Last updated on September 28th, 2021 at 01:25 pm
Are you struggling with your impulsive twins? Learn why your twins’ impulsive nature isn’t your fault and how you can help manage their behavior.
“Why can’t my kid stop doing that thing I told them not to do?!”
“I must have told them a thousand times already- and yet, they keep just doing it!”
Why are they so impulsive?
Sometimes as parents, it is our expectations of our children’s behaviour (or our society’s expectations of our children’s behaviour) that is actually more problematic than the behaviour itself.
Sometimes our expectations of how our children “should” behave are not in alignment with their brain development. If we expect them to behave in a way that is not within their developmental capacity, we are setting them (and ourselves) up for failure.
If we take it personally when our kids can’t “behave”, we feel like we are failing. As though we must not be “teaching” them properly. However, if we see their behavior as a reflection of their immaturity (rather than our parenting), then we can find patience, compassion, and empathy. We can be their leader and set them up for success, control the environment, and do our best to avoid situations where we feel that their impulse control is not yet mature enough for the situation we are placing them in (to the best of our ability of course).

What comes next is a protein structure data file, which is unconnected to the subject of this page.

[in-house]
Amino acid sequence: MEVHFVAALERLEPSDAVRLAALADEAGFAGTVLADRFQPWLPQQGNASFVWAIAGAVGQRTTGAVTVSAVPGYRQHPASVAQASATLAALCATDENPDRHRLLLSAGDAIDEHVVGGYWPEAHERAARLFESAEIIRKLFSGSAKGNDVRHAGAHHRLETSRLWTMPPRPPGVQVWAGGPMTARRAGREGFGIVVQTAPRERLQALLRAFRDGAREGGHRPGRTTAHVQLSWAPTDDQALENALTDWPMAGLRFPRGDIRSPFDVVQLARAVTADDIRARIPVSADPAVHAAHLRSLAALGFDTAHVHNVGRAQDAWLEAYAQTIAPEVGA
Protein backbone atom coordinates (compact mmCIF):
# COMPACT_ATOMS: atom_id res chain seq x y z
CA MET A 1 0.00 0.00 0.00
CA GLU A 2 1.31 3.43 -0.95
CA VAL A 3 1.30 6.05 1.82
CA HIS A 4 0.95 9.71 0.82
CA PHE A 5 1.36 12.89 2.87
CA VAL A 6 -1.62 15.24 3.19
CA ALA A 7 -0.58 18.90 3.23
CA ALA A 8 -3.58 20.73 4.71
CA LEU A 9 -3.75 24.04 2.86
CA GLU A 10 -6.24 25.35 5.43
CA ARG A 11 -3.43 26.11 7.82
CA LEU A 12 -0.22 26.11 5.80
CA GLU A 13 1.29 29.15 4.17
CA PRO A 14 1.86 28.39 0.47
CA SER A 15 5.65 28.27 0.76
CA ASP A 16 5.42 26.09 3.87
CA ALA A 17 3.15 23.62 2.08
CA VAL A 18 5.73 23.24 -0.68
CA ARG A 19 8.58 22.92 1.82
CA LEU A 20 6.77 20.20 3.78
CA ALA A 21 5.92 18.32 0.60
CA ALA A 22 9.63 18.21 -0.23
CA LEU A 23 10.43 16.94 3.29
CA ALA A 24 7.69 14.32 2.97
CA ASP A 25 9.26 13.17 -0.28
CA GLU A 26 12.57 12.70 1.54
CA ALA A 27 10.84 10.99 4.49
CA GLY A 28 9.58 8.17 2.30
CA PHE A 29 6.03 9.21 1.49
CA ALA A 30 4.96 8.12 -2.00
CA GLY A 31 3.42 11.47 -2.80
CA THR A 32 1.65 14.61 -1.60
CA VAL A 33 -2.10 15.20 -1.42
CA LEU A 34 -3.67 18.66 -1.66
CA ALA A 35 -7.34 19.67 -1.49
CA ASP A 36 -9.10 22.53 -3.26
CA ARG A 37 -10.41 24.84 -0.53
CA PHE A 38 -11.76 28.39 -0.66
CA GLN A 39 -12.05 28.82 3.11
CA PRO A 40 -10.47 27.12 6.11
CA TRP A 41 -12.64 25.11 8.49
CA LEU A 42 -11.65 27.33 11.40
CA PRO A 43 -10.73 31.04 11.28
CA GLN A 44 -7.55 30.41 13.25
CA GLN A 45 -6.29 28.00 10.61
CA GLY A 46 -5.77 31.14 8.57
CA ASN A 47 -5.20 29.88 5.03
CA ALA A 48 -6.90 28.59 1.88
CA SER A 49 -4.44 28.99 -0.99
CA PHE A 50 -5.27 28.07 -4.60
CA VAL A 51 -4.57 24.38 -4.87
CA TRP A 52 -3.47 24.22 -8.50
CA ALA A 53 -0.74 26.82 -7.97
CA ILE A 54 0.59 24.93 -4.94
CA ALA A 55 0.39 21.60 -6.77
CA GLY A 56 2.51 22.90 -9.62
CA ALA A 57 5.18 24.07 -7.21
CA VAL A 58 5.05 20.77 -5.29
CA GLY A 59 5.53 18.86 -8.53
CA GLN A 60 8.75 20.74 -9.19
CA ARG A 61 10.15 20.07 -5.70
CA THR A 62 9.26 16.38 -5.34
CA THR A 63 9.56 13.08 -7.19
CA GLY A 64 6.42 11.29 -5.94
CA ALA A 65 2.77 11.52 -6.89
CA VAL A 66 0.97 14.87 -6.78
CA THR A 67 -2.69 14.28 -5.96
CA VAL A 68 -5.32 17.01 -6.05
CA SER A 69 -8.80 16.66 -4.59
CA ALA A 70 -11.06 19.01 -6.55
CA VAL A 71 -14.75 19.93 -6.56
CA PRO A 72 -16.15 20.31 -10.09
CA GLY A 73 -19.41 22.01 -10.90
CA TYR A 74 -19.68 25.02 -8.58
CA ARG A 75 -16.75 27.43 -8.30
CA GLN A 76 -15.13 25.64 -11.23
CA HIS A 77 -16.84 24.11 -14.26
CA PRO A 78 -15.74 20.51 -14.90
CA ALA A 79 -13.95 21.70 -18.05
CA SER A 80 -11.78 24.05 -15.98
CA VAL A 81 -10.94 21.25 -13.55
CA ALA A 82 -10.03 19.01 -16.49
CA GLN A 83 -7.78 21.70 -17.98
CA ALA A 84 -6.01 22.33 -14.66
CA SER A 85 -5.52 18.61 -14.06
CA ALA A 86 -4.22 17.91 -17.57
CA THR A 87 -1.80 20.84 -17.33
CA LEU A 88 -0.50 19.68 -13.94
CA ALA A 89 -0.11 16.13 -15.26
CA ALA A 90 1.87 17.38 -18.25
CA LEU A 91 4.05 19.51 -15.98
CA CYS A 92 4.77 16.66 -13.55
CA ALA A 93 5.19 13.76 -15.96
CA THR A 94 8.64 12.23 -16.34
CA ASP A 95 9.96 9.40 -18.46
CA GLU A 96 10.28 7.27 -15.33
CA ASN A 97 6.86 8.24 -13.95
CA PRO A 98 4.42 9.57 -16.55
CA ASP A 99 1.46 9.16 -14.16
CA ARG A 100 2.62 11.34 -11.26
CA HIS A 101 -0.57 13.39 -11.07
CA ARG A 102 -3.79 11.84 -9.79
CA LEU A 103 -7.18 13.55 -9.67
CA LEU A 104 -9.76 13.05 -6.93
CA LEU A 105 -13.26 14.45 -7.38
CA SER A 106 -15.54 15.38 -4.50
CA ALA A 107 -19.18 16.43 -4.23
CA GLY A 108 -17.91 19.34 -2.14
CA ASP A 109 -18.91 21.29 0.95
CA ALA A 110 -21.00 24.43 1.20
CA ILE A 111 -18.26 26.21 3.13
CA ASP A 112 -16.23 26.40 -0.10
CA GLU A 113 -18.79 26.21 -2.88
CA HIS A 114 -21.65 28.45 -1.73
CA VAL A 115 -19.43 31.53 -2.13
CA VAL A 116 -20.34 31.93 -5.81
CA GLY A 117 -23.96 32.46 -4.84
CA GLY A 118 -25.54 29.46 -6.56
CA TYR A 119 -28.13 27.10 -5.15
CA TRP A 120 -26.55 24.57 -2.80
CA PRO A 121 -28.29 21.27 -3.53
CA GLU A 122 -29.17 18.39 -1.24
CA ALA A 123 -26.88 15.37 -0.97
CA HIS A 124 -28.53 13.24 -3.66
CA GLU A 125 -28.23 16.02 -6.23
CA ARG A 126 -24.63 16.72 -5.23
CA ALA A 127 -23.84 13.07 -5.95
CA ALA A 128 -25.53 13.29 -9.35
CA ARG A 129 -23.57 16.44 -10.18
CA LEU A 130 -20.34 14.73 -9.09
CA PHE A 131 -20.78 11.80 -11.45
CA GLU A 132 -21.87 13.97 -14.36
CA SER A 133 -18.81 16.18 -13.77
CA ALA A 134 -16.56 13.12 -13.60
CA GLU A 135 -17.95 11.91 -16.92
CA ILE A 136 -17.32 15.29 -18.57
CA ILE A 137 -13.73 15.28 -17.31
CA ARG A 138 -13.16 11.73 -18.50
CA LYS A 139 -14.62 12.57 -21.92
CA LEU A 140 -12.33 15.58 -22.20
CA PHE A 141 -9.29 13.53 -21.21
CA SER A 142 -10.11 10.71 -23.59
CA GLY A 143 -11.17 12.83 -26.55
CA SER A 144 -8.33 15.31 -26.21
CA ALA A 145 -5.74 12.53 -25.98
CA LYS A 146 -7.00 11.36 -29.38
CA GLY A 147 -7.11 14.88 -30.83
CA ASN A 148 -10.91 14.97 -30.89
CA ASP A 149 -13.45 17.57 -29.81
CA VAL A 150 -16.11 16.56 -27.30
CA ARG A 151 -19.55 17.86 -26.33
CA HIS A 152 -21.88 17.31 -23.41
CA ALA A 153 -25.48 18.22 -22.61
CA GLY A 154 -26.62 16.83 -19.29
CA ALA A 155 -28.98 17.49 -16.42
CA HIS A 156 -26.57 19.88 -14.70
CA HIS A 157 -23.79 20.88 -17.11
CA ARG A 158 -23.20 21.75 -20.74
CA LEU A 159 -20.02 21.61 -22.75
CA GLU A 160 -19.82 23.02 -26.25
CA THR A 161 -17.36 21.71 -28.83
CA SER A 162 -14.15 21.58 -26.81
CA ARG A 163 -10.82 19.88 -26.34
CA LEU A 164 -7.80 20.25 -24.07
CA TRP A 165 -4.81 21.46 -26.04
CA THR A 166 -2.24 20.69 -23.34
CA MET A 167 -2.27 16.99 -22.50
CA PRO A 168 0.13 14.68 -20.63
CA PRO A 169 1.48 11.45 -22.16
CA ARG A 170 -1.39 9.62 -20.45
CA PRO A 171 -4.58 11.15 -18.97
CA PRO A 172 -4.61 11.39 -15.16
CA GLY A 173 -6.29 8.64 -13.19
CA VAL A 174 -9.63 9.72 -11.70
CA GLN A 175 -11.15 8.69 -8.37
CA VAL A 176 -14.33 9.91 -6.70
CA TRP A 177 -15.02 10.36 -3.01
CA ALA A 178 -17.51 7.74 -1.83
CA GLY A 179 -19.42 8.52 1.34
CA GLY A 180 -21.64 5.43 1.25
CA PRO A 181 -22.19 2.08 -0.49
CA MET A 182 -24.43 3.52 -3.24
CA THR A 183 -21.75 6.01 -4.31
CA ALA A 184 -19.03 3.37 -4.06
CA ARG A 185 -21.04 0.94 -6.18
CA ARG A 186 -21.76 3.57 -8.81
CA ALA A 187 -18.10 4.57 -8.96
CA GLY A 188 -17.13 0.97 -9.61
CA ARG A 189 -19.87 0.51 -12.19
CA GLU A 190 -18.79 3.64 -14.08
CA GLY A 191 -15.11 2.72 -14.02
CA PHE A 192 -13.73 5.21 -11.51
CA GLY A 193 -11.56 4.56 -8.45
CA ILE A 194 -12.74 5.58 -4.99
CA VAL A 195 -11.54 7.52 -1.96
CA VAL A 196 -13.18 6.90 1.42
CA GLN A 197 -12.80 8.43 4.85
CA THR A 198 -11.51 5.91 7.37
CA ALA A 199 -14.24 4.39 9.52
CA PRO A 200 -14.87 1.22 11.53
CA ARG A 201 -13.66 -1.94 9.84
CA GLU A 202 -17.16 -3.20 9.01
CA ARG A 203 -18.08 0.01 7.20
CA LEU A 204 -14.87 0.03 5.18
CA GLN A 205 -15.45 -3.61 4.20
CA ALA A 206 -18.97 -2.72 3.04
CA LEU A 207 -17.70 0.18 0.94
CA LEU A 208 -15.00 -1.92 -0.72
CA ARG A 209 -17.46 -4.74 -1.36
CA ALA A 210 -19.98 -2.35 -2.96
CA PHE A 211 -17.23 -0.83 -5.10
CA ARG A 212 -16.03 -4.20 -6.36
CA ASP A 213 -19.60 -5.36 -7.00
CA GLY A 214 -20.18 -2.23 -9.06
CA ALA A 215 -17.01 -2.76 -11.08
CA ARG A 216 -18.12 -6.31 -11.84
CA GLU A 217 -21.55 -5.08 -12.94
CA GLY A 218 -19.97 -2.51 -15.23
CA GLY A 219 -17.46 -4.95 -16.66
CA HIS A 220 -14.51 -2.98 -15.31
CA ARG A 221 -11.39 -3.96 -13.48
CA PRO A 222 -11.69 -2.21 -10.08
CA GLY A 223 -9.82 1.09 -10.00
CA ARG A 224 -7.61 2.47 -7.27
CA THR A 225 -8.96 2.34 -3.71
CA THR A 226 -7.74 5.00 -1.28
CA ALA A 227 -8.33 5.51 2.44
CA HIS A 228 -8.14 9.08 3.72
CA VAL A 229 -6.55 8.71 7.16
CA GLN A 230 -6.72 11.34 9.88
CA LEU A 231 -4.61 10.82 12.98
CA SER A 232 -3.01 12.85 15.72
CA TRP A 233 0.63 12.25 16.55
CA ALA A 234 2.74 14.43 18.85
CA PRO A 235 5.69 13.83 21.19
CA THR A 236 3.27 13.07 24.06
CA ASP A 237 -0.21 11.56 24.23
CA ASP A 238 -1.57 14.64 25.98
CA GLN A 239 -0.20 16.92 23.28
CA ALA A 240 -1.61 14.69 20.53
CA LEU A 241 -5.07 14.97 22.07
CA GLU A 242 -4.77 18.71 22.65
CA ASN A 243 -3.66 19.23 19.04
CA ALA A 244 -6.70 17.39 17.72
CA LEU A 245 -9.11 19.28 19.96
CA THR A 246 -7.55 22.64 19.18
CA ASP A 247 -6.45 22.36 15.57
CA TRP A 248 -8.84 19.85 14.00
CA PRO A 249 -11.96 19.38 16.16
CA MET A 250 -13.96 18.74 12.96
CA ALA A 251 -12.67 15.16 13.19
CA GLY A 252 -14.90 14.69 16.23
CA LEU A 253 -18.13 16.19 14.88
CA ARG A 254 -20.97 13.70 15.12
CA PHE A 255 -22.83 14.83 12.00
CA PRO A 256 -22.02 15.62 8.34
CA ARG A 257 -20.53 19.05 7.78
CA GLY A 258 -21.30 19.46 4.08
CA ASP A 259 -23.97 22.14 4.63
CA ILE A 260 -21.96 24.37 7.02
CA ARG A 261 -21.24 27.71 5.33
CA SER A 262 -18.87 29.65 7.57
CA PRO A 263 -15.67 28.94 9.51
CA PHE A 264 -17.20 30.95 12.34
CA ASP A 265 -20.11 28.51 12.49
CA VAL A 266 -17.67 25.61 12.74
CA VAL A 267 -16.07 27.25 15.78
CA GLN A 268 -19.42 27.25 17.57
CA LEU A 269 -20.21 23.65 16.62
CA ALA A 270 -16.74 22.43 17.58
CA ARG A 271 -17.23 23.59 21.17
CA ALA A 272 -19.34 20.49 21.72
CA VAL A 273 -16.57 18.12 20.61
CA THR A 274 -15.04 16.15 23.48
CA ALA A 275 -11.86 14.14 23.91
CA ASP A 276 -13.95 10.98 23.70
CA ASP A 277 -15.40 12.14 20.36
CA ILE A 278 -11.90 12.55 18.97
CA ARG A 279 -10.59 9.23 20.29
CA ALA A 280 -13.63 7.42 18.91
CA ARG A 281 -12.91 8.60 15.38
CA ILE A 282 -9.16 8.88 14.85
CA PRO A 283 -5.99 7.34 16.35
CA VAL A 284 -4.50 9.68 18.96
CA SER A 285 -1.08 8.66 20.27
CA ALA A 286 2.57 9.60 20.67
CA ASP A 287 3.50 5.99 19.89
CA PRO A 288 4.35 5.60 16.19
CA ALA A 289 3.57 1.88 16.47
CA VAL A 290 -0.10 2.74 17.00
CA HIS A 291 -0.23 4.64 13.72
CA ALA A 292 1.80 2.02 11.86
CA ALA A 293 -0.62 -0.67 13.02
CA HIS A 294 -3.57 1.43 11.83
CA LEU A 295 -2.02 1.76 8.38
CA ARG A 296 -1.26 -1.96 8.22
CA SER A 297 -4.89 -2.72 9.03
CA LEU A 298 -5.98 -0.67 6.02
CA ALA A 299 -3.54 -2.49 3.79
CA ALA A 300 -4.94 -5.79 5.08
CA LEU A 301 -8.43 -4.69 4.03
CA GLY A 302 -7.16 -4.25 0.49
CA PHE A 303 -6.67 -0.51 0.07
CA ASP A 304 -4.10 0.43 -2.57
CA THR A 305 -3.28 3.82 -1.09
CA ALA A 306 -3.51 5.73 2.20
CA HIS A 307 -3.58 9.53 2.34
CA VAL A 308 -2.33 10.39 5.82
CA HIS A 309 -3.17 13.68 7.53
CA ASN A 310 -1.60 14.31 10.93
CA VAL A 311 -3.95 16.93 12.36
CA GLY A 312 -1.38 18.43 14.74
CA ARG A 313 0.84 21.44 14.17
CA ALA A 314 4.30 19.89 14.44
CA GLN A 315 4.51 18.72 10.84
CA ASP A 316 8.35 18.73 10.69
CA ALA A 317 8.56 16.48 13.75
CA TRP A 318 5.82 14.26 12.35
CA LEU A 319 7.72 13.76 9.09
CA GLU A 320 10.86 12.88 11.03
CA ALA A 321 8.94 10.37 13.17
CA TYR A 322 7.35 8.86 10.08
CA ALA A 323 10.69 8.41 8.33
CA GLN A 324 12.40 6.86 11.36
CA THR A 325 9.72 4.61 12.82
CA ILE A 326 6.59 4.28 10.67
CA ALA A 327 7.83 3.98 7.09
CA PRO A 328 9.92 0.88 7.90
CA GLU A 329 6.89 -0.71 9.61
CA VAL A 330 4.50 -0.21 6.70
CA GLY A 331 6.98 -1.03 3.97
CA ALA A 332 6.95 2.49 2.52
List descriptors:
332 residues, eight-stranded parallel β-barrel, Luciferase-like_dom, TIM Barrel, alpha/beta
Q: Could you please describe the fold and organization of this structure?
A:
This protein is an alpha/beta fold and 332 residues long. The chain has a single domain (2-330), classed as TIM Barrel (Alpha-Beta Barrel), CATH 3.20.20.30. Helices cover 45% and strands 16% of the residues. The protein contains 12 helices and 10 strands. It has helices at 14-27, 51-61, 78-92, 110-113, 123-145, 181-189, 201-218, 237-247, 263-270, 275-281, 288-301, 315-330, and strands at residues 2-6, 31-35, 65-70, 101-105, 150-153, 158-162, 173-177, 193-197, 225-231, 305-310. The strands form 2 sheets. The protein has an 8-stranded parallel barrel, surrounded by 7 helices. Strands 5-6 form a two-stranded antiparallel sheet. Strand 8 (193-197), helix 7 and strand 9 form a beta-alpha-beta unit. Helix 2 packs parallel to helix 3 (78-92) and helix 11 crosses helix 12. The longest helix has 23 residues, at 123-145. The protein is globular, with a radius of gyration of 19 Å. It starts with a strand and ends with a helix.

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Understanding the science behind impulsive twins
Bear with me for while I briefly geek out with some brain science to support your perspective, patience, and peace.
Dr. Dan Siegel and Tiny Payne Bryson use a beautiful analogy in their book, The Whole Brain Child, that will help me speak to this. They want you to imagine your brain is a house, with a downstairs and an upstairs. Your “downstairs brain” is more “primitive” and responsible for basic functions like breathing, blinking, innate reactions and *impulses*, and strong emotions (like anger and fear). The downstairs brain is really in charge of the mechanisms we need to survive and happen below that conscious awareness of the “upstairs brain”, at a more instinctual level.